Tkay Maidza – ‘Last Year Was Weird, Vol. 2’ | EP Review

tkay maidza

Tkay Maidza’s new EP Last Year Was Weird, Vol. 2 is out now.

Upon a quick glance at the title of Tkay Maidza’s latest effort, one would be led to suppose that its release was scheduled to arrive somewhere in 2021, considering the myriad of questionable events that have taken (and continue to take) place in the current year. For the Zimbabwean Australian artist, however, 2019 proved to be a year weird enough for the album to come to life. As such came forth Tkay Maidza’s sophomore album and coincidentally best work to date, rightfully entitled Last Year Was Weird, Vol. 2.

Building upon the structurally-sound foundation of her preceding work, Last Year Was Weird, Vol. 2 presents itself as a Tkay’s natural expansion and much appreciated improvement on all perceptible fronts. The immersive blend of harmonies at play here is wonderfully represented through a careful game of mixing and matching that takes inspiration from pop, neo-soul, hip-hop, dance music, and so much more, ultimately creating a soundtrack ripe with catchy hooks, addictive melodies, and all-around excellent vocal performances throughout.

While the album doesn’t necessarily shift any boundaries, it most certainly does make good use of what ground has already been established by other contemporary artists in the field and Tkay Maidza herself. As a result, Last Year Was Weird, Vol. 2 often displays traits that reminisce in the work of its peers but, through Tkay’s own unique spin and keen eye for experimentation, draws all of it to higher ground.

Whether you prefer the empowering opener that is ‘My Flowers’ along with its funky percussion segments and strong message of self-worth or are more into the rhapsodic beauty and emotionally-charged verses of the record’s closer ‘Don’t Call Me Again’, Last Year Was Weird, Vol. 2 is a mood-profuse rollercoaster that holds its consistency all the way through. Other tracks such as ‘Shook’ and ‘Awake’ showcase Tkay’s versatility as the charming and soothing vocal performances previously mentioned are in turn abandoned in favour of a bolder version of Tkay that, while making good use of the hard-hitting instrumentals (and superb JPEGMAFIA’s feature on the latter track), delivers without pulling any punches. The production in the record is also worth mentioning. Dan Farber’s solid contribution ensures that all the intertwining components in play are nice and even.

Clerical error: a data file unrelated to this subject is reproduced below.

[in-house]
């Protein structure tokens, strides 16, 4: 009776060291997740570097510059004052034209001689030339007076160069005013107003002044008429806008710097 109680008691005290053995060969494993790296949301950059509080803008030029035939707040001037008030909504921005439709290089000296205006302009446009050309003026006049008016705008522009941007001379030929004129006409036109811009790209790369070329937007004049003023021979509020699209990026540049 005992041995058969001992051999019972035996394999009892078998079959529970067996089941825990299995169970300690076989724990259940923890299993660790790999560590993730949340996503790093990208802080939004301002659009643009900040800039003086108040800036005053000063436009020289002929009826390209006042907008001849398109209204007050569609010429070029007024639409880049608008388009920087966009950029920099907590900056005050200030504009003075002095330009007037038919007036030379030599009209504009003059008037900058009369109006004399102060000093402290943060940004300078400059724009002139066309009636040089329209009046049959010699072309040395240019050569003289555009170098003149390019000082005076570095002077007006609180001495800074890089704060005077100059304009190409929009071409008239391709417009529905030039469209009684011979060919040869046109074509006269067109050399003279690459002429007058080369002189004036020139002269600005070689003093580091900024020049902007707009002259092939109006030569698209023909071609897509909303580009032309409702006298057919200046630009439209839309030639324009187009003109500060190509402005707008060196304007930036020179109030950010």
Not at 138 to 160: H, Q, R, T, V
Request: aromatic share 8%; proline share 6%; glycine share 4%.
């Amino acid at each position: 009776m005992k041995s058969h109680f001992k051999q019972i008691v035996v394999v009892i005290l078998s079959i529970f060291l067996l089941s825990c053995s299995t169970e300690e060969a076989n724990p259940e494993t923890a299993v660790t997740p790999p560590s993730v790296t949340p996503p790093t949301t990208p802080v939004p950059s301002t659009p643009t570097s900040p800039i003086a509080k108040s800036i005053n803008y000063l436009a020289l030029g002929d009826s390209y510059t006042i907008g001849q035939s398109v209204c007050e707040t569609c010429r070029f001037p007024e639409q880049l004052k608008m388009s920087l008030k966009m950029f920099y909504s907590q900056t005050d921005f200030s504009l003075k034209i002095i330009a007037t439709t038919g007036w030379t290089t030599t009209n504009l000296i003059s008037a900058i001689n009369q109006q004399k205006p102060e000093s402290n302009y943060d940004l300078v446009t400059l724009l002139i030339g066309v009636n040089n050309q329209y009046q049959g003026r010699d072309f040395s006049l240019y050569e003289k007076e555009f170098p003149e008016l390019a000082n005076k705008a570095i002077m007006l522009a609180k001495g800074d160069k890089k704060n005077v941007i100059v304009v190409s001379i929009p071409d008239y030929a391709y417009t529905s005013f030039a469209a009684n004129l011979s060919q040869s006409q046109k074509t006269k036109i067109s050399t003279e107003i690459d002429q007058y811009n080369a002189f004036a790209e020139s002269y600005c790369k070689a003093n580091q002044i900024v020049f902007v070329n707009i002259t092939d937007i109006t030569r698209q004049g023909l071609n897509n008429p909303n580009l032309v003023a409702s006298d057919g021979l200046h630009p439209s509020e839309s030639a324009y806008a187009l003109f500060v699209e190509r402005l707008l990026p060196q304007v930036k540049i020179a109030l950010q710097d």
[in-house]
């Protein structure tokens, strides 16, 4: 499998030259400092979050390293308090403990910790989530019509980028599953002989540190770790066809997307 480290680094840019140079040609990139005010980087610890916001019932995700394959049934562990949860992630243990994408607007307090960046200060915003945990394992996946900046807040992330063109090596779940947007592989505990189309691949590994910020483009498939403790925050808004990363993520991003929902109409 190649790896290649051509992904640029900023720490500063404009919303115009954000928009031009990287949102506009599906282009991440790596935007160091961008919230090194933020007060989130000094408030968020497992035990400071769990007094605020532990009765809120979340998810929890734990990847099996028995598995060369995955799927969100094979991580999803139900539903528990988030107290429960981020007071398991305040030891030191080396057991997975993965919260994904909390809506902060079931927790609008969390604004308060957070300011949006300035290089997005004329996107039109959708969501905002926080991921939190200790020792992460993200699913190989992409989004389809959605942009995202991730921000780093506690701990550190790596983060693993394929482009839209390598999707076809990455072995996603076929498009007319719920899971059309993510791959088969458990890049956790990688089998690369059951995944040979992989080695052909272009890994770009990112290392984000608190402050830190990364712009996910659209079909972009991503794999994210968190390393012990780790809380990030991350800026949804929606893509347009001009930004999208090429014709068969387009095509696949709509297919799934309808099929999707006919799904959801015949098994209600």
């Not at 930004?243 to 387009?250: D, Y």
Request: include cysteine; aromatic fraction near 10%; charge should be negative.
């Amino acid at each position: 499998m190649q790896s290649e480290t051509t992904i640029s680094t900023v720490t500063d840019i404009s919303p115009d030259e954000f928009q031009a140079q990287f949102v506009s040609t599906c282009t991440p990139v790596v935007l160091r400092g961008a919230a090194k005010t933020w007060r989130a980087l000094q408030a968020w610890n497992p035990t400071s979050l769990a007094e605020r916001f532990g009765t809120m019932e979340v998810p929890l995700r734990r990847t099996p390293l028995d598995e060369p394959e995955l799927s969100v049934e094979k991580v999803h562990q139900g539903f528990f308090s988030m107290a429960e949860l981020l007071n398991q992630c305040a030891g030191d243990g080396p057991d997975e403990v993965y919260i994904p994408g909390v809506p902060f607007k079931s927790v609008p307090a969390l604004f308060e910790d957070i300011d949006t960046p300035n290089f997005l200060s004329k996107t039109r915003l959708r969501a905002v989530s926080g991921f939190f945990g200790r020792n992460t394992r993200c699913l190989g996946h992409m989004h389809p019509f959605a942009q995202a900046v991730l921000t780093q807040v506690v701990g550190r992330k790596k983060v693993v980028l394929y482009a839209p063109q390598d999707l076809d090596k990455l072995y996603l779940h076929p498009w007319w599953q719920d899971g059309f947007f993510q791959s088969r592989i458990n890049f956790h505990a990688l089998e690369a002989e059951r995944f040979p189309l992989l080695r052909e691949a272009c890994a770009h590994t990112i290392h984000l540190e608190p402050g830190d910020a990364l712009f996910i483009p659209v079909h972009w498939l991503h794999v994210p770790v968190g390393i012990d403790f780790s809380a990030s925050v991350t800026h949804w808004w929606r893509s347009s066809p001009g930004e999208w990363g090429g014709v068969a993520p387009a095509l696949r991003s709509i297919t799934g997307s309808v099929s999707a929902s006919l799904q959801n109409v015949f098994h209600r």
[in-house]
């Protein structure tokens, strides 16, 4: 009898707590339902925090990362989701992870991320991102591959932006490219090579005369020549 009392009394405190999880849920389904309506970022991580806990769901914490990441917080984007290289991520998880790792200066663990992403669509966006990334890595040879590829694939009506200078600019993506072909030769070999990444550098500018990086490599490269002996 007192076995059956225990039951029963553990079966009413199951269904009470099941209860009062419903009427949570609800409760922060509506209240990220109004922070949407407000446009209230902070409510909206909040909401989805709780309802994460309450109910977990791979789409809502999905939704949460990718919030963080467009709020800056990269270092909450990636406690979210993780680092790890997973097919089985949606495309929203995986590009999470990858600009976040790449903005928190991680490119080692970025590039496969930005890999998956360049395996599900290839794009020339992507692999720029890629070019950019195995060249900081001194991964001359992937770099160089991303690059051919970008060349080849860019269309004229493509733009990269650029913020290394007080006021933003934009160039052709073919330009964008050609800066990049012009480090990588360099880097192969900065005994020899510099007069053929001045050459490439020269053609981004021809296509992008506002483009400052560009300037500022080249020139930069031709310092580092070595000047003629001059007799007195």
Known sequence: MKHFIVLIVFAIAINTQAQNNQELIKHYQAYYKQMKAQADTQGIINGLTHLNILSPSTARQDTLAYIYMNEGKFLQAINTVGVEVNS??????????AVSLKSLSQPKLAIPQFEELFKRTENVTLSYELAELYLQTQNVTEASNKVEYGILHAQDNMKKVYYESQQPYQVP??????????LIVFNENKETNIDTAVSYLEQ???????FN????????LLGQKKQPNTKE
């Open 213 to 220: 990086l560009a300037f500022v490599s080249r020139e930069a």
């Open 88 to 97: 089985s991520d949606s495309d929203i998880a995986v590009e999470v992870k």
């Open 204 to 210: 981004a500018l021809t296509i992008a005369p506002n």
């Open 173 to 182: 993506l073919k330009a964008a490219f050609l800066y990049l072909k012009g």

Perhaps the only downside to Tkay’s most recent venture is that of its briefness. Clocking in at around 25 minutes, one cannot help but wish that this record, being the joyride that it indubitably is, would go on for just a while longer. Regardless, and though this constitutes a substantial improvement on previous endeavours, there is still room enough left for further experimentation. Whereas the quality of the project is undeniable, it does feel like Tkay Maidza’s sound is not yet fully representative of her true potential and prowess. It’s not something that ultimately disrupts the enjoyment found in the record, but adding a little more personal flair to this already brilliant formula may very well go a long way in the young artist’s future.

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